Sometimes the answer is simple. The way to get over not writing is to write. And so you get this. I’m sitting at one of my desks— yes, I have two but it’s too complicated to explain why. Anyway, I’m listening to the hawk in the next-door neighbor’s tree screech through my open window, hoping he hasn’t nested there since he woke me up at 5:30 this morning. He hasn’t stopped yacking since.
Outside in the garden, the last of the daylilies are blooming. When I realized this earlier, my stomach lurched a little. By the end of July, those orange trumpeters pass, leaving spent blossoms that hang like empty-fingered gloves from browning stalks. Soon the gifts of August arrive— the blazing blue skies and cool nights, my sister’s visit from Australia, our daughter’s eighteenth birthday. But August also brings this. One month from today, we pack up our girl and deliver her to a dorm room a couple of hours away. For the last two-plus years, I’ve been working hard at rebuilding a life, knowing the whole time that it was an interim thing. The real rebuilding starts on August 27.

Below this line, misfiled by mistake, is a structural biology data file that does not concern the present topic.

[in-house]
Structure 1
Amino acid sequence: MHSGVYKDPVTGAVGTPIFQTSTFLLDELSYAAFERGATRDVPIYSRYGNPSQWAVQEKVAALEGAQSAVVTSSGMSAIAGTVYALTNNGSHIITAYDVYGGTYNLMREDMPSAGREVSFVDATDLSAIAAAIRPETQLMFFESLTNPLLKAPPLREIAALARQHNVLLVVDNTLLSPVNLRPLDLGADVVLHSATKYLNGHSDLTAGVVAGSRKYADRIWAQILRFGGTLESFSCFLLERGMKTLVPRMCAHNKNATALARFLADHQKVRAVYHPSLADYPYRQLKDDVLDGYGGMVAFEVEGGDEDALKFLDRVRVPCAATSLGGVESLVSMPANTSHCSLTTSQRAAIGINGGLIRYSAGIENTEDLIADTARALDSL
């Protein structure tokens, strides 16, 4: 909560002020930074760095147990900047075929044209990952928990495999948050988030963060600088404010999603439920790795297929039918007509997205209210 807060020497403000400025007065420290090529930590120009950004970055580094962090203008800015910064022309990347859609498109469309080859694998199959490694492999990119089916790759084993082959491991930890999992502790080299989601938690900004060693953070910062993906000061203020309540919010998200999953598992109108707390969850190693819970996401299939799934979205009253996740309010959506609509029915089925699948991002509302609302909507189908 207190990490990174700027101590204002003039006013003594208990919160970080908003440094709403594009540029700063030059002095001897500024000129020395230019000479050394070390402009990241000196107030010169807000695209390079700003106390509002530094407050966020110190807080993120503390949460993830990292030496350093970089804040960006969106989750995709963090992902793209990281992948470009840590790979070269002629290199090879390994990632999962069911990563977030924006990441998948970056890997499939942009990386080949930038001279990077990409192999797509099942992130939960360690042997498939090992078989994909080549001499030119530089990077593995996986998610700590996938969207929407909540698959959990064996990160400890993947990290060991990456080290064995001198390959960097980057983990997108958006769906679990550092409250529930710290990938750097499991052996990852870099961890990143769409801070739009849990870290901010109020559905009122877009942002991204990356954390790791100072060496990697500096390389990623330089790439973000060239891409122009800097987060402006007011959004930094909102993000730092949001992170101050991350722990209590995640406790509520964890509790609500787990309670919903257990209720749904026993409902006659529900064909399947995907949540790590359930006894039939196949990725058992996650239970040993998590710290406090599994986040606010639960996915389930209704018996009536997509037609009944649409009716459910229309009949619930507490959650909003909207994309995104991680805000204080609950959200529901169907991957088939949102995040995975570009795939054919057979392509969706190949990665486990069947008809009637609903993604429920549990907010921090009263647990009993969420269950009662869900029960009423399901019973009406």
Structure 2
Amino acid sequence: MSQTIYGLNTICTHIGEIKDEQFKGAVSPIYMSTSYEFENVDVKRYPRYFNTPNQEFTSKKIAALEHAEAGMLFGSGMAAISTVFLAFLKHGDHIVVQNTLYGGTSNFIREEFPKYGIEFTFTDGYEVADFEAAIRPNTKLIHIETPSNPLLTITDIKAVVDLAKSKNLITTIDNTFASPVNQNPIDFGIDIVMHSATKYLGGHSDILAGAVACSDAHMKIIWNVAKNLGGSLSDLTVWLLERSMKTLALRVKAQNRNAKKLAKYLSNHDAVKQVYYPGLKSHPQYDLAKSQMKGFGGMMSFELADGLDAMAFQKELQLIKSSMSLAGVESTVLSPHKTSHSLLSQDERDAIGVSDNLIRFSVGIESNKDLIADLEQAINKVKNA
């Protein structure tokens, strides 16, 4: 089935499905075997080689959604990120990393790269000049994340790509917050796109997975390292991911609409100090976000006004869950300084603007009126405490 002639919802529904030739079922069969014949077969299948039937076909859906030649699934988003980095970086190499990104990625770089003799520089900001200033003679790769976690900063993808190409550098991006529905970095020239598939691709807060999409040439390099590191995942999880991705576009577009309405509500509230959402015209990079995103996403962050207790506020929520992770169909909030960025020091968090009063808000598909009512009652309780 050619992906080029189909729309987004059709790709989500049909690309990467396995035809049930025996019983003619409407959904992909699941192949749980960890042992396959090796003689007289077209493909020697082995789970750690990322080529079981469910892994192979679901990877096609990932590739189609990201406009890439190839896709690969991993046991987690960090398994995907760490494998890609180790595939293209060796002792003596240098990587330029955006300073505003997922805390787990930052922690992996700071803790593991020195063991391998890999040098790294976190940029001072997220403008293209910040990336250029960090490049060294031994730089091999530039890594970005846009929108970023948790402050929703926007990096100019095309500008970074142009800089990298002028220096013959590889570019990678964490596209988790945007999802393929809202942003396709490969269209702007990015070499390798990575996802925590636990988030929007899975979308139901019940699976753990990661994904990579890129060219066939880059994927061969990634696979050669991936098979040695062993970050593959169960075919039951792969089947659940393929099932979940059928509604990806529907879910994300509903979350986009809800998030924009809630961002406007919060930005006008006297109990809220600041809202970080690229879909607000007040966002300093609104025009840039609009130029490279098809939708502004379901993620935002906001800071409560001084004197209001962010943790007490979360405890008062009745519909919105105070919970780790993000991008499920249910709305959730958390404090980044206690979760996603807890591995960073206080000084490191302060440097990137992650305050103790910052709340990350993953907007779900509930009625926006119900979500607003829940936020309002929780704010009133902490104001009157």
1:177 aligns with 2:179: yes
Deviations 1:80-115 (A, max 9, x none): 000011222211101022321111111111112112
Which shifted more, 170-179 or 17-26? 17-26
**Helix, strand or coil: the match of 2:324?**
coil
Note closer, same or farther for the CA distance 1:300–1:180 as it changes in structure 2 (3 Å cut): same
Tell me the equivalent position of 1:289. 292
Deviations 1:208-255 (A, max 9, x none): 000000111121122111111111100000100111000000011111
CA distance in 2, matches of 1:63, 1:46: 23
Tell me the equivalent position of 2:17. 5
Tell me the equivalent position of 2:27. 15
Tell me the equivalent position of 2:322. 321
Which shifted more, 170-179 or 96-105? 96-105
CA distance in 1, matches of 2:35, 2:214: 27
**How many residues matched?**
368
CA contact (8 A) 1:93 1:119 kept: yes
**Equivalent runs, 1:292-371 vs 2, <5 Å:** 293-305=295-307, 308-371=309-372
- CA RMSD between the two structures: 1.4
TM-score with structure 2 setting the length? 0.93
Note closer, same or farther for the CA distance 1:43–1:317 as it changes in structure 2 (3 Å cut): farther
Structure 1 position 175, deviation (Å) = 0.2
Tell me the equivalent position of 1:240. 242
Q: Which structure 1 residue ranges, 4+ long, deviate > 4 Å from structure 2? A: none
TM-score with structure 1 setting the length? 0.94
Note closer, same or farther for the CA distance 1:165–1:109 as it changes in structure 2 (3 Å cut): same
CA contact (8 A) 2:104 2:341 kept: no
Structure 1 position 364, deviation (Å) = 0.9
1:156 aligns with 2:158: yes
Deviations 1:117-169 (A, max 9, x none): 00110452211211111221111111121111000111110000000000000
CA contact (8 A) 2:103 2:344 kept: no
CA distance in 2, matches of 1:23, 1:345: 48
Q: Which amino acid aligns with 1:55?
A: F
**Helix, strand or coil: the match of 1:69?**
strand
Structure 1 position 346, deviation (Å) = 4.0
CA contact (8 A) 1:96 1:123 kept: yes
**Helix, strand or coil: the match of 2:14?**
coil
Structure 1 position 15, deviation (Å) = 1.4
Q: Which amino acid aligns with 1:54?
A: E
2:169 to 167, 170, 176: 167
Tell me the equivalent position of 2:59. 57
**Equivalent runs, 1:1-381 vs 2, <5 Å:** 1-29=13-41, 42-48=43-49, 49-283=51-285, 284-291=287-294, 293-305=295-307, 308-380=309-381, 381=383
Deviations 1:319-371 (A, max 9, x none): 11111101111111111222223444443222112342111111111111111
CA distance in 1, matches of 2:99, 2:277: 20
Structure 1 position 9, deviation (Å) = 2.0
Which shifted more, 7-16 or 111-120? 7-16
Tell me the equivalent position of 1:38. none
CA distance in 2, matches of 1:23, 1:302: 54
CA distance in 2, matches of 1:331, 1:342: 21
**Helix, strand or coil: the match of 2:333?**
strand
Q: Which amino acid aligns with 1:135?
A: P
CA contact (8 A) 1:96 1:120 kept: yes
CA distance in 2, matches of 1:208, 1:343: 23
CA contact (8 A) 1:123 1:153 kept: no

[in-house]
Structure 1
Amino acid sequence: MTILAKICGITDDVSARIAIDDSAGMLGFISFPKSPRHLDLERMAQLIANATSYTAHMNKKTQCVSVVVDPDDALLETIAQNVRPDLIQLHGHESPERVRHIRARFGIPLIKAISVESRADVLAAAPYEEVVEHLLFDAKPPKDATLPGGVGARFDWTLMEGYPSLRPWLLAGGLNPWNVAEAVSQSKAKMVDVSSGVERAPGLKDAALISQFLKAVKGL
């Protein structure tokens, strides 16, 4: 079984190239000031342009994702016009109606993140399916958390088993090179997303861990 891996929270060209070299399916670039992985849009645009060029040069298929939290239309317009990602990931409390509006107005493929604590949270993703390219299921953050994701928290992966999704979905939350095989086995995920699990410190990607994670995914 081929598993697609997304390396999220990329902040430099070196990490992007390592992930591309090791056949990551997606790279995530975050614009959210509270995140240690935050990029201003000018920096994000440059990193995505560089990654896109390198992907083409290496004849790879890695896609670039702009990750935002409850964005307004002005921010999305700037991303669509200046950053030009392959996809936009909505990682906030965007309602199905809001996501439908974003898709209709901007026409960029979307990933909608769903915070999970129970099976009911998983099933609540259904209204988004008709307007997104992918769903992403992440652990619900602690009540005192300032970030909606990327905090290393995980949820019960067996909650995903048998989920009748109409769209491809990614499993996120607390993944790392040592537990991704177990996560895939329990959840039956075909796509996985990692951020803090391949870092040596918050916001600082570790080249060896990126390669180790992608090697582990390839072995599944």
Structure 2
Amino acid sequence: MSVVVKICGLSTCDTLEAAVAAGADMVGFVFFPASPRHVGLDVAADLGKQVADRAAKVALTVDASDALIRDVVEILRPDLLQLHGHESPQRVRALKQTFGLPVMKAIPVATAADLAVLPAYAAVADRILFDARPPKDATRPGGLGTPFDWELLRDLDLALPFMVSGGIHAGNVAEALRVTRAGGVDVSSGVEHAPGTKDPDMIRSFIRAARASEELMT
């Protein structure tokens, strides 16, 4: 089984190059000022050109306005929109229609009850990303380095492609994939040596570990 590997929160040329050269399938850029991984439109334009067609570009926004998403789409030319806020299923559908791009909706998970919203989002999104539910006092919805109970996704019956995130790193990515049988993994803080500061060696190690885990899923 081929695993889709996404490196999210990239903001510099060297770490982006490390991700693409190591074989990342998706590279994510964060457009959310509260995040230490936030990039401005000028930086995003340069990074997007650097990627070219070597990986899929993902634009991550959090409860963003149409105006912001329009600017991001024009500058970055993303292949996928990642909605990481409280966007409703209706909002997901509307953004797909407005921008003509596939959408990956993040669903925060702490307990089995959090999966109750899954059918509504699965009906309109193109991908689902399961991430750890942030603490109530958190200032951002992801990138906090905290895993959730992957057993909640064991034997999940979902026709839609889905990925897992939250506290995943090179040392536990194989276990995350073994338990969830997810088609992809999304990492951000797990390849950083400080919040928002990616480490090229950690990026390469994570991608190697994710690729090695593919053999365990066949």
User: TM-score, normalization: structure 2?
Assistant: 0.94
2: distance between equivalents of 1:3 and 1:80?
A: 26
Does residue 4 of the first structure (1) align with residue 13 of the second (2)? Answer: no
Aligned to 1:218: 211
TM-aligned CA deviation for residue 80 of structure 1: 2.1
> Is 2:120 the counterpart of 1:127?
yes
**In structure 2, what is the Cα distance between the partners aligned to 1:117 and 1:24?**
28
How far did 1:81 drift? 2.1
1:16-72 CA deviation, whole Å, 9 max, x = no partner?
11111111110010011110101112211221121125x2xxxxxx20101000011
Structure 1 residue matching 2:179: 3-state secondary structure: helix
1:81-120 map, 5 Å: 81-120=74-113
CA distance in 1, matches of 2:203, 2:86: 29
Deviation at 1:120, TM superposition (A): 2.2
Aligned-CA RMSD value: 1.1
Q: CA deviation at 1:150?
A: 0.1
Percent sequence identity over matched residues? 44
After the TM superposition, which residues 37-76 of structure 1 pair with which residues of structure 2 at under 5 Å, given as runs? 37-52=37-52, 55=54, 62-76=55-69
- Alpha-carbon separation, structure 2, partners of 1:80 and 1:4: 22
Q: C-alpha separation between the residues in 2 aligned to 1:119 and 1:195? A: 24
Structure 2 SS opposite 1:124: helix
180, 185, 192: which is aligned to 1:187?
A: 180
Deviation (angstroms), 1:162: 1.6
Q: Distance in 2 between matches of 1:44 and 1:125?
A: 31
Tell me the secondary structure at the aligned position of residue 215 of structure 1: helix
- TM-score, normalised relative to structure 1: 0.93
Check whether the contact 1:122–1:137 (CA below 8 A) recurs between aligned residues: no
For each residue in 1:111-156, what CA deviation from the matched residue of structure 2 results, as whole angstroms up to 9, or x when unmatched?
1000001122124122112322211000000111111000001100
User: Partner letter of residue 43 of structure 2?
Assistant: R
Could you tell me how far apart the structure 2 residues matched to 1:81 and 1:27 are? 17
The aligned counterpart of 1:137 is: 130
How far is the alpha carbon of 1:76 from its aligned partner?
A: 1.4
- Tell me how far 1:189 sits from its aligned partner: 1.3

Ah, the empty nest. Folks get through it all the time and I will too. Today though, I’m putting that thought on the back-burner. Rather than moan about the wrinkled lily blossoms, I’ll focus my gaze on the purple balloon flowers multiplying in the back garden. I’ll stay out of the dining room, where boxes of college supplies have begun to accumulate, and create something yummy in the kitchen with the berries I picked over the weekend instead.
Denial isn’t hard. Focusing on the good makes it easy to disregard that which you choose to avoid. Except for the nail-on-chalkboard shriek of that hawk. He’s impossible to ignore.